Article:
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Divide and Conquer


The Internet is aflutter with news of how Rachel Dolezal, head of the NAACP chapter of Spokane, Washington, is not African-American. The uproar isn't -- we're told -- caused by Dolezal's race, more that she seems to have actively promoted herself as black, all the while being a person of Caucasian heritage. While the deception is noteworthy, I can't help but feel there's some genuine disdain for a woman who isn't of color heading a chapter of the NAACP. Perhaps I'm too cynical?

It is unclear what drives a person of one ethnicity to go to great lengths to pass as another but, more than anything, I feel sorry for anyone who does. It's obviously they're unhappy with themselves in some regard. Whatever caused Rachel Dolezal to pull an opposite of Soul Man, I hope she is able to find some sort of peace and self-worth that isn't derived from ethnic origins. Indeed, letting our ethnicity consume our identities would seem to be folly of the highest order.

It's no secret that racial/ethnic divisions are -- and have been -- as common to our human struggle as the rising and setting of the sun. For whatever reason, we fear the 'other.' If one ethnicity is able to gain a foothold on the rung of the power, then it typically spells rough times ahead for the other ones. While it's true that there can be some biological difference between races (one race may have a higher propensity for high blood pressure or cholesterol), it ultimately doesn't matter who we are ethnically or what we look like.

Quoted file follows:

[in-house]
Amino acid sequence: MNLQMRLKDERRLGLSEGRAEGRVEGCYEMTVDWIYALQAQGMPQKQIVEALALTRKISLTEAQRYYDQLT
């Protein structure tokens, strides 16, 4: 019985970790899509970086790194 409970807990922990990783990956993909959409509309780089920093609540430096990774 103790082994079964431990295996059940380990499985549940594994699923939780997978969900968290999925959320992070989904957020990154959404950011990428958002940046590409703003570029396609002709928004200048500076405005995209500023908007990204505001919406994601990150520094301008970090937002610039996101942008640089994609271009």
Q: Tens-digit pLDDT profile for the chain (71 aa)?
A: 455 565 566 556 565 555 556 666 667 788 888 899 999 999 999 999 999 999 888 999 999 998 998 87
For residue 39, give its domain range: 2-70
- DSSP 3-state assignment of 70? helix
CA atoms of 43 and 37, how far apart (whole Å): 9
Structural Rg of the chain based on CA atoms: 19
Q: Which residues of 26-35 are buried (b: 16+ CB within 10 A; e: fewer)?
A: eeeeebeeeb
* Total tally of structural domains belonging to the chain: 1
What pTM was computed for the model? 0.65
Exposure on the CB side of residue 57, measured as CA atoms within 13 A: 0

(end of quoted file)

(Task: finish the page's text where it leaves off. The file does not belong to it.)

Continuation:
Or, it shouldn't matter. And there's the rub.

Take myself as an example: My father was black, my mother was white. On dad's side of the family we have some Native American ancestry. On mom's side, we have a family who came over from Hungary. For the sake of expedience, I consider myself to be bi-racial, white & black, but could claim much more. I'm a mutt. So are a lot of folks. Many of us have a multi-ethnic, multi-national heritage. I wish we'd embrace that more -- truly embrace it.

Honestly, the notion of unilaterally defining ourselves by our ethnicity seems absurd. Persons such as myself, President Obama, Halle Berry, Mariah Carey, etc. are the norm, not the exception. We're pretty much all blended, folks. Taking-on a racial/ethnic identity is a societal construct, not a natural outcome. What it means to "be black" (just to use that as an example) means something different in Africa than it does in the United States. It means something still different in the U.K., and so on and so forth.

'What you're saying is that anyone who identifies themselves by race is dumb?' I can hear you ask. Alas, no.

Unfortunately, there can be more than one reality. My reality is that I am multi-racial. Fact. End of story. That does not, however, preclude me from understanding the other reality that exists, the one where I've been called the 'n' word at a water fountain in a small town, where I was told (by a gay man no less!) that I am "the product of race traitors and should be hung from a tree," the reality of a white school teacher telling me that my hair "felt like carpet." This other reality, the one of our societal/social construct, is that race/ethnicity plays a role in our everyday lives.

So, we define ourselves and judge others by race? That's just how it is? Wrong. It may be how the world works, but it doesn't have to be. If humanity has one defining trait, it's that it strives to better itself. The journey isn't always easy, and it's difficult not to lose faith, but we have to continue to push forward.

The next time you have to complete a form that asks for your ethnicity, leave it blank. Does it matter? Sure. But it shouldn't matter, and that's more than just a platitude. It's time we worked together on dropping the inconsequential constructs that define and divide us.

I am Matt, a human being. Who are you?


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